Freeway lids…still making news

NPR (in San Diego) reported yesterday of the potential for freeway lids to re-connect communities. The idea–which obviously carries a high price tag (but not ridiculously so considering other transport projects)–still holds good value because it provides land and space (in places without land and space) in addition to the connectivity benefits. Oh, and it also provides endless pedagogical benefits

Colorado Active Transportation Mile Markers Project

I understand a really thorough report is now available on strategies to measure Active Travel.

Kaiser Permanente is proud to report on the results of the Colorado Active Transportation Mile Markers Project Measuring Active Transportation: Recommendations for Colorado documents a research and outreach project intended to identify a set of robust, consensus indicators for measuring Active Transportation in Colorado. The report includes an inventory of best practices in Active Transportation measurement and the criteria by which a set of preferred indicators was generated. The resulting eight preferred indicators create the Active Transportation (AT) Mile Markers, which will help public and private agencies throughout Colorado partner in their efforts to monitor progress in Active Transportation. This information was presented in a webinar on April 19, 2012 and the report is available here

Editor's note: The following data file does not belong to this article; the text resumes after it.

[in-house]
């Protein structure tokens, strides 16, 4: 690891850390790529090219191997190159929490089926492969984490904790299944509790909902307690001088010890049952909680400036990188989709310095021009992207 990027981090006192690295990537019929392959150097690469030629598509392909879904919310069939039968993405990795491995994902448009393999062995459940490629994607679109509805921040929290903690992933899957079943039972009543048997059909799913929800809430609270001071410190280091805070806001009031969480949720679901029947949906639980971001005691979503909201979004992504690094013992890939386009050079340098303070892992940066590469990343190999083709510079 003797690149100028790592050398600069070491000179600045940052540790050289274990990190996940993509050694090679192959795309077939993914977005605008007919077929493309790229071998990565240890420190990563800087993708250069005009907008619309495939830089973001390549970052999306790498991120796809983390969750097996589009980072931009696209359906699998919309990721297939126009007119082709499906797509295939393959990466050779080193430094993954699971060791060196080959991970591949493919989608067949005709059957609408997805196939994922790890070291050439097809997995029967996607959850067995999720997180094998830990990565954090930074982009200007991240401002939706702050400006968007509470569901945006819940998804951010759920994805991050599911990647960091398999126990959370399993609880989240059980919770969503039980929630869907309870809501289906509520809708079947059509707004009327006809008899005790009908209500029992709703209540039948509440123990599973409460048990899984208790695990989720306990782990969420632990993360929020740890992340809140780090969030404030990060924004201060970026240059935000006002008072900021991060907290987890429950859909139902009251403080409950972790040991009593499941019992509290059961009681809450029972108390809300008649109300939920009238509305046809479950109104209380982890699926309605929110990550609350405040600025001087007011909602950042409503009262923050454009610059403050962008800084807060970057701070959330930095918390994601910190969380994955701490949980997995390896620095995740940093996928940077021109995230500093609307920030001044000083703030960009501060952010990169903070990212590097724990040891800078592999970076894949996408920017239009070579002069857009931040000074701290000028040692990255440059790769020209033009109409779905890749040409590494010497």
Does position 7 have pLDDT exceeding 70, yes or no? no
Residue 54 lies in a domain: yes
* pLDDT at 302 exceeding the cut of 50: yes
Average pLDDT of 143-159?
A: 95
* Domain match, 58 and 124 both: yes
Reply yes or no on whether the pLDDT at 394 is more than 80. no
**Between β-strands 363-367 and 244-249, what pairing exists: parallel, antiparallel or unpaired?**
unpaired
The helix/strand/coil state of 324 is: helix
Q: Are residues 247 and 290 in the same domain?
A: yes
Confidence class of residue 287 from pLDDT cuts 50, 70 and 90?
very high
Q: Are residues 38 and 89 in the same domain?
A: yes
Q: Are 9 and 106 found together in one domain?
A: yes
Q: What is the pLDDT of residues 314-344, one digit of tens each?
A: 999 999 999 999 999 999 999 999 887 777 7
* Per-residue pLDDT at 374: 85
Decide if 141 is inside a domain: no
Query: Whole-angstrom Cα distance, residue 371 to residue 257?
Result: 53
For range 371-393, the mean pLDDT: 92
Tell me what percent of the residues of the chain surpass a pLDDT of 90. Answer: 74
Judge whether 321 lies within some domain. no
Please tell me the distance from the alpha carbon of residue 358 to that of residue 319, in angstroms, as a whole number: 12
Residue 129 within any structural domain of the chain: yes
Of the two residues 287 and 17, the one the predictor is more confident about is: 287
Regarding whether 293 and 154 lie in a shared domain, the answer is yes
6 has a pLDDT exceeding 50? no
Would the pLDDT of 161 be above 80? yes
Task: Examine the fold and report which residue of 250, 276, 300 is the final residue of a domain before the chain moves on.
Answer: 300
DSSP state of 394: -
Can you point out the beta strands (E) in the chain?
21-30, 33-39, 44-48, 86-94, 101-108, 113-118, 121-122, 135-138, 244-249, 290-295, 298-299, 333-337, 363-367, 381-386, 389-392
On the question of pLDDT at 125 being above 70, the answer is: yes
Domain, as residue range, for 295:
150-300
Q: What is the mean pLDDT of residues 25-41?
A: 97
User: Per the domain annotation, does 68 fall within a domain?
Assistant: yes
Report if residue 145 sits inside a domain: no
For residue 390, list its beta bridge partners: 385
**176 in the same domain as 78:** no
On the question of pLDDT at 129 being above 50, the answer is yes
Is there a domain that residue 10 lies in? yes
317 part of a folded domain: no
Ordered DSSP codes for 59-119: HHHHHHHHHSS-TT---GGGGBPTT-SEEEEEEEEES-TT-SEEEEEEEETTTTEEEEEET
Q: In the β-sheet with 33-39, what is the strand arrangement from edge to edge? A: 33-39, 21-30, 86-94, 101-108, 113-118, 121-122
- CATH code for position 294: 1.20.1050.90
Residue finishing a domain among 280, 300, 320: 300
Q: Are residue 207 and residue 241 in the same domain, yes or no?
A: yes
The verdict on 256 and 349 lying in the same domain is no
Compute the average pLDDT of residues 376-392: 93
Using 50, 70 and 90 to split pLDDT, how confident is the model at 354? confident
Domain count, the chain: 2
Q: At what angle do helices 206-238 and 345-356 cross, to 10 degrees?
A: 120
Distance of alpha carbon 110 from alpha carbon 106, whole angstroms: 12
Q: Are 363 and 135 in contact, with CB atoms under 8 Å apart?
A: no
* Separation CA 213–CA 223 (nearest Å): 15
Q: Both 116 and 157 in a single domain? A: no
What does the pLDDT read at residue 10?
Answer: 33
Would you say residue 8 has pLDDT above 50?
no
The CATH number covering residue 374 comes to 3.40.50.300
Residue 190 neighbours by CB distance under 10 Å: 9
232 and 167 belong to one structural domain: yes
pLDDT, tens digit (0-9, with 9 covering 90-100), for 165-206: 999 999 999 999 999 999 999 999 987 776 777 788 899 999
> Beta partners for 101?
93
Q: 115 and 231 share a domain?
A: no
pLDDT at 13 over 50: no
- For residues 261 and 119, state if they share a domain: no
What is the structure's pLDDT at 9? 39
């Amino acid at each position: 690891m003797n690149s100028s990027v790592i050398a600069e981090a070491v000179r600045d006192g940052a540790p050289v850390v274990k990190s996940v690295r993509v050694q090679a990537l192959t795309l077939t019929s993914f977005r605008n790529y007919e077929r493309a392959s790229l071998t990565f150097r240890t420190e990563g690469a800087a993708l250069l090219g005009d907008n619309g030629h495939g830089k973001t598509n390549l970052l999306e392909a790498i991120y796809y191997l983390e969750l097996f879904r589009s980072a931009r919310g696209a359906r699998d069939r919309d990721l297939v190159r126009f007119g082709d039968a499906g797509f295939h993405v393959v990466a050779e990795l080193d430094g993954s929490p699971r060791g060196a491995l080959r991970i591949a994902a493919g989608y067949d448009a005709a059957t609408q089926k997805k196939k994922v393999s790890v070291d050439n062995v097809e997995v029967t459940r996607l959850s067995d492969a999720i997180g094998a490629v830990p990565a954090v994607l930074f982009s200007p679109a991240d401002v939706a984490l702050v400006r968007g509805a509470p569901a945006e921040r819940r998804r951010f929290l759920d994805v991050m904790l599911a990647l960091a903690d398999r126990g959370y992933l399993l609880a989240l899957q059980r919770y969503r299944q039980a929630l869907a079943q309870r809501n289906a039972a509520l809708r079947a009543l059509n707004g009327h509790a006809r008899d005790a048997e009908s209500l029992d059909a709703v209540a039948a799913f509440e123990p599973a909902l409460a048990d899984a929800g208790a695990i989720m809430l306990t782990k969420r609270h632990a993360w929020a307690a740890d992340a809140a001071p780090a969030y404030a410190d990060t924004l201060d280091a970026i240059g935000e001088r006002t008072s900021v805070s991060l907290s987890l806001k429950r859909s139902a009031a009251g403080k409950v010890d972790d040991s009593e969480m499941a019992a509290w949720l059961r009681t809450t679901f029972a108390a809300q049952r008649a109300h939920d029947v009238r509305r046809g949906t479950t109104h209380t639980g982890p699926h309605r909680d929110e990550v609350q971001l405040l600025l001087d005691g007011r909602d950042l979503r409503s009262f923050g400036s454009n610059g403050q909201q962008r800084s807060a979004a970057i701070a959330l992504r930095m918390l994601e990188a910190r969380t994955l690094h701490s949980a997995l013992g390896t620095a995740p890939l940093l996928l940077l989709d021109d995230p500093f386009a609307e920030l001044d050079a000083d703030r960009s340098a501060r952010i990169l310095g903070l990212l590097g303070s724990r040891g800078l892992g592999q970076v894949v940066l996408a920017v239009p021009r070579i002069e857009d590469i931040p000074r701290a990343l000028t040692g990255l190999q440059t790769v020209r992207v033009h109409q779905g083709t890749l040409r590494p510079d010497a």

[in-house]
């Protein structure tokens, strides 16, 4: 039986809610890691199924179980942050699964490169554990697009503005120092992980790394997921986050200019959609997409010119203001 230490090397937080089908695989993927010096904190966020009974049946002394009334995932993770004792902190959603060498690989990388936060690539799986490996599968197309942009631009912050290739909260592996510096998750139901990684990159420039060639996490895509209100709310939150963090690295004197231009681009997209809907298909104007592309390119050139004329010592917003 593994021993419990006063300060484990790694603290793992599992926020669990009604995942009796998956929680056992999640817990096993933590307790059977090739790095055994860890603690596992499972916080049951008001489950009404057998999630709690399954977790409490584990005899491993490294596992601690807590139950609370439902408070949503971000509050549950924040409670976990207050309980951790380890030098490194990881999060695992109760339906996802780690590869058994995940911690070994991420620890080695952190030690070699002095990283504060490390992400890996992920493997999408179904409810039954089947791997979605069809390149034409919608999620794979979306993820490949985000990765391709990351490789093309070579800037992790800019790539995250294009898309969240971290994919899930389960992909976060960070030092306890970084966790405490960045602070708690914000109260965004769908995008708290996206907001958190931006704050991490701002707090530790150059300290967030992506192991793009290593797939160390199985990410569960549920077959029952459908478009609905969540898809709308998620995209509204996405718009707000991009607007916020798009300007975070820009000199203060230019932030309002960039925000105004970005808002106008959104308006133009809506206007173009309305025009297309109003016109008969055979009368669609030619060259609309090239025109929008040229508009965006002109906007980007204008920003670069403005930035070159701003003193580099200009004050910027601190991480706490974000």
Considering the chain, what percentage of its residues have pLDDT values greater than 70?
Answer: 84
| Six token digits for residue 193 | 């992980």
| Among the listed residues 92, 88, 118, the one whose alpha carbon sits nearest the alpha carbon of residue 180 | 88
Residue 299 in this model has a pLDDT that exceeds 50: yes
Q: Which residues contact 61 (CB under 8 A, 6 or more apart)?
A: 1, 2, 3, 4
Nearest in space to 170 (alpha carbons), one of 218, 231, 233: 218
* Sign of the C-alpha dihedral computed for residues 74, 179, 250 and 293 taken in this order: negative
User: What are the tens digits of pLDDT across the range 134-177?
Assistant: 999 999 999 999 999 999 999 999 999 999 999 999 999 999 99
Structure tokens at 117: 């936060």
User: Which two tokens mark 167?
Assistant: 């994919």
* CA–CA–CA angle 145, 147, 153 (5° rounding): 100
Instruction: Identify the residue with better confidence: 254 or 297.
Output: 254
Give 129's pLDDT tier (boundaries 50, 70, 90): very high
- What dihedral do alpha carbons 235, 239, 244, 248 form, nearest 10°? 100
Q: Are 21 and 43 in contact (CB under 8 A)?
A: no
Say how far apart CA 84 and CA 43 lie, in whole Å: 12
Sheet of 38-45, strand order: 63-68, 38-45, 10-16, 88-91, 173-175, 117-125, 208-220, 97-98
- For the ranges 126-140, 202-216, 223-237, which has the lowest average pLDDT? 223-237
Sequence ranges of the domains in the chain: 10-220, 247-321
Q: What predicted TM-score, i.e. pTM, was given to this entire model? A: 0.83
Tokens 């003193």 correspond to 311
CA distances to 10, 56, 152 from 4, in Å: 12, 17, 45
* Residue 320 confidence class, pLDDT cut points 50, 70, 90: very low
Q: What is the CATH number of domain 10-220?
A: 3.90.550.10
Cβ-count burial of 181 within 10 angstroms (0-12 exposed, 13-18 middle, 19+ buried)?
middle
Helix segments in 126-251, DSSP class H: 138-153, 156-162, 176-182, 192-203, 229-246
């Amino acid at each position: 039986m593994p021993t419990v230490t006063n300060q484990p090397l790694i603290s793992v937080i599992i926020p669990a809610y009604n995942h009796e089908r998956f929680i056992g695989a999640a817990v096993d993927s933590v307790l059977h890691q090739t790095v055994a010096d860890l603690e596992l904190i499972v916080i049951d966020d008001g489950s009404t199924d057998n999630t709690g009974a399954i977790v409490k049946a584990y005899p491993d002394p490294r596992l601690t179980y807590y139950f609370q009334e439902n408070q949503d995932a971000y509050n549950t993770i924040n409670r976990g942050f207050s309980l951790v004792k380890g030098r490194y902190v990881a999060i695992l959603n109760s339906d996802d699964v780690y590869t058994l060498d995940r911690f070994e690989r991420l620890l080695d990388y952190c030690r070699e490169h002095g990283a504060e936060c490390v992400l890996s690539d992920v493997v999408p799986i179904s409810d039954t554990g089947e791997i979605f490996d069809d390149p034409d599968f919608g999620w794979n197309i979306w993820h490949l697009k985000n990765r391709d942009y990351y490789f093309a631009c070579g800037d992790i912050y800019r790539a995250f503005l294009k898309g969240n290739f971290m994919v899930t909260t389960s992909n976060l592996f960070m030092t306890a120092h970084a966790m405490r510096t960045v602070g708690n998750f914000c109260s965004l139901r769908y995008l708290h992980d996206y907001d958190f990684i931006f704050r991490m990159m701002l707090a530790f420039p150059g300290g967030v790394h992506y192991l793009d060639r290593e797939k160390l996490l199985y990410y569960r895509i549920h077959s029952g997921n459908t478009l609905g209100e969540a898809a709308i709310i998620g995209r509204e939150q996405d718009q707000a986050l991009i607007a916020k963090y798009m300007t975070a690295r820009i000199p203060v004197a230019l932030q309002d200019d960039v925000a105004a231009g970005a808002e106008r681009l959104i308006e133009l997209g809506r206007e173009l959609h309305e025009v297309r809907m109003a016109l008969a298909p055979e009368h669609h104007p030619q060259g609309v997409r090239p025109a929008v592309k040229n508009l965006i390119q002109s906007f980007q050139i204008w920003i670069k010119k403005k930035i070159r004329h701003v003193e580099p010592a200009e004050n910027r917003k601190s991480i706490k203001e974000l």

Maybe youth is not all wasted?

One of the best scenes from the movie, “It’s a Wonderful Life” is when George is flirting with Mary after the dance:

(George): What do you want, Mary? Do you want the moon? If you want it, I’ll throw a lasso around it and pull it down for you. Hey! That’s a pretty good idea! I’ll give you the moon, Mary. 
(Mary Hatch Bailey): I’ll take it! Then what? 
(George): Well, then you can swallow it, and it’ll all dissolve see, and the moonbeams would shoot out of your fingers and your toes and the ends of your hair… am I talking too much? 
(Man on Porch): Why don’t you kiss her instead of talking her to death? 
(George): You want me to kiss her, huh? 
(Man on Porch): Ah, youth is wasted on the wrong people! 

(Clarence): One man’s life touches so many others, when he’s not there it leaves an awfully big hole. 

Well, maybe youth is not all wasted? At least when it comes to travel.
For many years we have been urging the need for research efforts to focus on (a) the youth as an important travel submarket, and (b) the process by which youth learn their travel habits. We are now seeing a slew of efforts tackling the first; I don’t see too much activity about the latter.

A new report released by the CoPIRG Foundation demonstrates that Coloradans and Americans have been driving less since the middle of last decade. The report, Transportation and the New Generation: Why Young People are Driving Less and What it Means for Transportation Policy, shows that young people in particular are decreasing the amount they drive and increasing their use of transportation alternatives

The “analysis” is pretty straightforward, relying exclusively on descriptive statistics from elsewhere. It is pretty aggregate in its geographical focus. I am not sure I believe all they say about why these patterns will persist (people do regress). But, it does hint at a consistent story: maybe youth is not all wasted; if patterns continue, we might see a big hole in VMT?